So for a little bit of history - I do want to try and say something relevant among my rambles! On a serious note, though, It really was fascinating; one thing i've always felt was lacking in my (nonetheless amazing) British education is an understanding of the Eastern world. From history, to literature and science too, there is so much that is simply left unexplored on the syllabus back home. Even at University - I searched long and hard for some form of module on eastern literature, having read some wonderful Chinese poetry a few years back, and being a new Murakami enthusiast! Nothing. As with primary and secondary education, higher education seems to overlook it too. 
Armed with an iPhone, it was the true hobbit of the holiday; 
unassuming, it defied the doubters and held its own! 
*unless my pictures really are horrendous*

                                        
                               
The Spean Thmar bridge leads up to the Temple of Angkor Thom. It goes over a
100m wide moat,  which originally extended 12km to protect the Capital from enemies.
Coming here was a revelation. The architecture is simply mind-blowing. Angkor Thom was the last Capital of the Khmer Empire, which was founded in approximately 802 AD. Angkor Thom was built in the 12th Century, when England was dominated by civil wars and squabbling successors. We built castles, the Khmer dynasty built…



…what can I say - we tried. Not quite sure we were keeping up with the Cambodians though… Now? Well, West is keeping up with the Kardashians. Literally. There was a quite poignant irony;  standing in the remains of a thousand-year-old empire, I felt such a sense of development, ingenuity and vitality.   Coming to this part of the world is really quite humbling. For all the West's blowing of its own trumpet, there is an oasis of culture, learning and beauty out here that you cannot replicate.  

Being the slight bookworm/ idle dreamer that I am, I couldn't help but get slightly lost in little familiarities in some of the surroundings. Exhibit 'a' = the one and only…. Harry Potter. Maybe it's just me who would find some resemblance between this archway and the mirror of Erizid… just me? Yup, thought so.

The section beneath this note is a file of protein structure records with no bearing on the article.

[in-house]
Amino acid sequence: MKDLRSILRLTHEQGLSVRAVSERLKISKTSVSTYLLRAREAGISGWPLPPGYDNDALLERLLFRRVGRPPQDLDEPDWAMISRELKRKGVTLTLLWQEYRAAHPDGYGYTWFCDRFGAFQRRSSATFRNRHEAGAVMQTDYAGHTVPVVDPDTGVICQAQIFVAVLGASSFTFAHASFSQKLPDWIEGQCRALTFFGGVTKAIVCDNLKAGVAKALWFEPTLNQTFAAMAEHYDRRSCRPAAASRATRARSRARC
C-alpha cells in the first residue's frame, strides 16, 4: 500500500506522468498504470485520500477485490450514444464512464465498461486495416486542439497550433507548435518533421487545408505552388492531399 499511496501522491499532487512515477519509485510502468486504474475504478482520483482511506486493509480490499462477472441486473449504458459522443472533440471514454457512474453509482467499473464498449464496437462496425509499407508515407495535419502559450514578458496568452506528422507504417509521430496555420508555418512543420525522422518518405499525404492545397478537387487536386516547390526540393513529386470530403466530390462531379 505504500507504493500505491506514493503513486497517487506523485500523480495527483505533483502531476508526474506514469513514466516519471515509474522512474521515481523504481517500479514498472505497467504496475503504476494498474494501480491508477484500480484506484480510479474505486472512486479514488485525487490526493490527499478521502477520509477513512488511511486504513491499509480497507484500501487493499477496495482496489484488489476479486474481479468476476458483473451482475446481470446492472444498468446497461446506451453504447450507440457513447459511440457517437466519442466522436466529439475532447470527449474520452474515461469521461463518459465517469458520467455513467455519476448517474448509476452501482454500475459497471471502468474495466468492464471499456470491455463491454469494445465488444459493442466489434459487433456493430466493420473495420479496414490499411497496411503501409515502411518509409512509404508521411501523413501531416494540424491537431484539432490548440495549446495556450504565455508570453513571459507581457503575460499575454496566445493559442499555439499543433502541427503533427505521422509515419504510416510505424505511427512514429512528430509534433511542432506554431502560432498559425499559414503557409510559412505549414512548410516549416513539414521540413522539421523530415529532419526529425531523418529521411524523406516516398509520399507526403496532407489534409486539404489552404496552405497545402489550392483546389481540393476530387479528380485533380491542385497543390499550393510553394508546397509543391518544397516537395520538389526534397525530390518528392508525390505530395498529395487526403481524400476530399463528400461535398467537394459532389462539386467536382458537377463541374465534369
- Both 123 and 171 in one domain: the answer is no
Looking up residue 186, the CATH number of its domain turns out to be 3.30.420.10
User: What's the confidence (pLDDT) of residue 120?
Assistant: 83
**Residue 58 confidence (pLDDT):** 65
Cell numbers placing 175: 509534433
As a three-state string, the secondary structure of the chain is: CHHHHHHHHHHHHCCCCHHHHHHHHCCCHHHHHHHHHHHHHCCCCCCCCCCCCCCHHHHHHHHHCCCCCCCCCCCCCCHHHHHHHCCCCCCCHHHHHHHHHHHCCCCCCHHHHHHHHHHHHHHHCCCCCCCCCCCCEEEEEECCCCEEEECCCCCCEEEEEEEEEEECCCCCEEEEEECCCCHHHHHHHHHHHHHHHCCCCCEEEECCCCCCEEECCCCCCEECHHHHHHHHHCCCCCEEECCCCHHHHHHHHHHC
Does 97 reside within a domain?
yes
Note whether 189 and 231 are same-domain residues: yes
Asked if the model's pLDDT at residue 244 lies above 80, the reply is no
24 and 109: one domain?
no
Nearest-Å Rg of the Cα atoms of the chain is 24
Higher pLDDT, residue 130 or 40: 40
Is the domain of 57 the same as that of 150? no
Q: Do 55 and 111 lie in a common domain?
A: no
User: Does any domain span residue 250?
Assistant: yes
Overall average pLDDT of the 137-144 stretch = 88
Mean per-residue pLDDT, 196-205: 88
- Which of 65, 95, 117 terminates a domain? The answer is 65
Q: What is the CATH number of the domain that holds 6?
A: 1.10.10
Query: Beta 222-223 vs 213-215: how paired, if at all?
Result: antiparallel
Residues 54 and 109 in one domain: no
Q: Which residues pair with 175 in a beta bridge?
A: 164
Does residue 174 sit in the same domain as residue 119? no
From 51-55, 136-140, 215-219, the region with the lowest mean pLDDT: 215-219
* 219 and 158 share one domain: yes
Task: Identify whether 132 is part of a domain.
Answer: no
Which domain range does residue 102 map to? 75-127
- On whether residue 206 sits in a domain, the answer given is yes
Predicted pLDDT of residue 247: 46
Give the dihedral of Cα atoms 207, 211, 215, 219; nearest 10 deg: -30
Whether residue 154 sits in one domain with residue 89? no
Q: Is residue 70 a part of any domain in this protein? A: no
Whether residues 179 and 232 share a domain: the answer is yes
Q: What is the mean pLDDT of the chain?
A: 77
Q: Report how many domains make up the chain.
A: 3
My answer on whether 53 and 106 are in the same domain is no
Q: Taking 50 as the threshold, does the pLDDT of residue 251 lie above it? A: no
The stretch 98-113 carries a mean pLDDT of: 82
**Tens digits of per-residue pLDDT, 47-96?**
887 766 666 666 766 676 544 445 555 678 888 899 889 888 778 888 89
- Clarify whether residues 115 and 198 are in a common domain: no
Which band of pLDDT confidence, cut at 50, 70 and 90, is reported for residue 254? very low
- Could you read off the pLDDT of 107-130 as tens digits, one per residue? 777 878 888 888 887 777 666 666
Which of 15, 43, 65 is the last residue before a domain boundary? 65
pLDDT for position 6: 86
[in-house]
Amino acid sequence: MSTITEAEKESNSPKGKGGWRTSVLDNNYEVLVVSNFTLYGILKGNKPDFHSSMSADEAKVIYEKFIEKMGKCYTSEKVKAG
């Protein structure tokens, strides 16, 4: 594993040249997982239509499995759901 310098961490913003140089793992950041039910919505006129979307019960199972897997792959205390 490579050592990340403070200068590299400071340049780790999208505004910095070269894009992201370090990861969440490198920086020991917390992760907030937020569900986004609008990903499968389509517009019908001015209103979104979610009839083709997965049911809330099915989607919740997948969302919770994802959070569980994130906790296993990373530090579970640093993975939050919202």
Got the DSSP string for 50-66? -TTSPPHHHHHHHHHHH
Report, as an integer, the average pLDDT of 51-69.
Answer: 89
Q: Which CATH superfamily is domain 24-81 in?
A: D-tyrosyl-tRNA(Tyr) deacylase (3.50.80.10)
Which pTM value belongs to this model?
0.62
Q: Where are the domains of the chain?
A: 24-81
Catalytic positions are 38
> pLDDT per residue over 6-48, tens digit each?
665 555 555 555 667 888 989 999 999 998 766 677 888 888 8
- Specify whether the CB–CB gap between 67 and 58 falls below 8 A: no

When I saw this I instantly pictured the
moment in Philosopher's Stone, where
Harry and Ron sprint into the
Transfiguration lesson.







One more unexpected appearence in the temple was a real live elephant - I thought that was reserved for a Thailand adventure! You could in fact do the entire tour by elephant, which Mum and Charlotte were seriously tempted, before time ran away with us. I was a little more sceptical. After hearing media stories of the mistreatment of them, in addition to seeing photos of them treated like circus animals, I was hesitant even after being reassured by our tour guide that they are 'well treated'. I couldn't help thinking of the Santorini mules… that has scarred me for life, and contributed to me wanting to help any donkey plight I see - the most recent being Sidmouth donkey sanctuary, where I adopted a donkey called Millie. My own fluffy minion seemed a little jealous when I showed her the adoption photo.

Nonetheless, elephants came in all shapes and sizes… 

The carvings throughout the temples were quite extraordinary,
not just for their intricacy, but the sheer number of them!
 
















Below is the 'love' temple; essentially where the ruling emperor would bring his multitude of mistresses, - concubines - which numbered some two-three thousand… busy life, ruling a kingdom. 


To look inside the temple, you had to ascend these steps… with a little assistance from a more modern contraption. This was much to the relief of my vertigo-inflicted father, and likely so to numerous health-and-safety indoctrinated Westerners. 



I personally would have quite enjoyed having a go at the stairs, were it not for the sweltering heat. Even  with cloud cover, we must have each gone through around several litres of water a day. We were also 'wrapped up', after being forewarned that certain places in the temple required arms and legs to be covered… suffice to say that only one such area necessitated this, leaving us feeling that we may have gone a little overboard with the midi/maxi garments. Nonetheless, it has made me realise that being a hobbit doesn't completely write off the maxi. The skirt in these photos is case in point - buy a midi and wear it a a maxi! 







Angkor Wat-a-view... I can't entirely take credit for this particular pun, as much as my inner English student wishes! Aaaaand on that note, from temple top I will end this particular post. It really was an incredible view.